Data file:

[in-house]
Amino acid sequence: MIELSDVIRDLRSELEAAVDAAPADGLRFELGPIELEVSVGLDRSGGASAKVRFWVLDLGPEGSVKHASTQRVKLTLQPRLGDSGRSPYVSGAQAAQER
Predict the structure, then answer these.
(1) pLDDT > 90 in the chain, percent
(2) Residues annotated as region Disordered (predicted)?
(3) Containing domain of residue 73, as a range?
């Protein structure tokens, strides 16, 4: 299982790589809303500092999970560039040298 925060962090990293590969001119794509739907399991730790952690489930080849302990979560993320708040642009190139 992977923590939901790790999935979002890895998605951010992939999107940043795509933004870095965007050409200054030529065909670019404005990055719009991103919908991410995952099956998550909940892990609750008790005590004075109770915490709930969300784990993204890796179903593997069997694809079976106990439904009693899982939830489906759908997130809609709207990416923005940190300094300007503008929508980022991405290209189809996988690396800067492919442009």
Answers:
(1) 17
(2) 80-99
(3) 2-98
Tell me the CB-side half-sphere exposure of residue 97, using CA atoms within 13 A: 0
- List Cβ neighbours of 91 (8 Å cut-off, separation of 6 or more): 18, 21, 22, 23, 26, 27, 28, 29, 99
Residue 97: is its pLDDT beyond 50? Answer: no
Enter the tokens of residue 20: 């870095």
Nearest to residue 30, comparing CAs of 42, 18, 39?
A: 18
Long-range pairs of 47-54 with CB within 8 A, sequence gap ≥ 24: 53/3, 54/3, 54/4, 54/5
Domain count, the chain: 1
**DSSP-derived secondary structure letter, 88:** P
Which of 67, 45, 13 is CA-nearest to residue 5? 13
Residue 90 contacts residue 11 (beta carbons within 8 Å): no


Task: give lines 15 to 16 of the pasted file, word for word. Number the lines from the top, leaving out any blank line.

Enter the tokens of residue 20: 């870095």
Nearest to residue 30, comparing CAs of 42, 18, 39?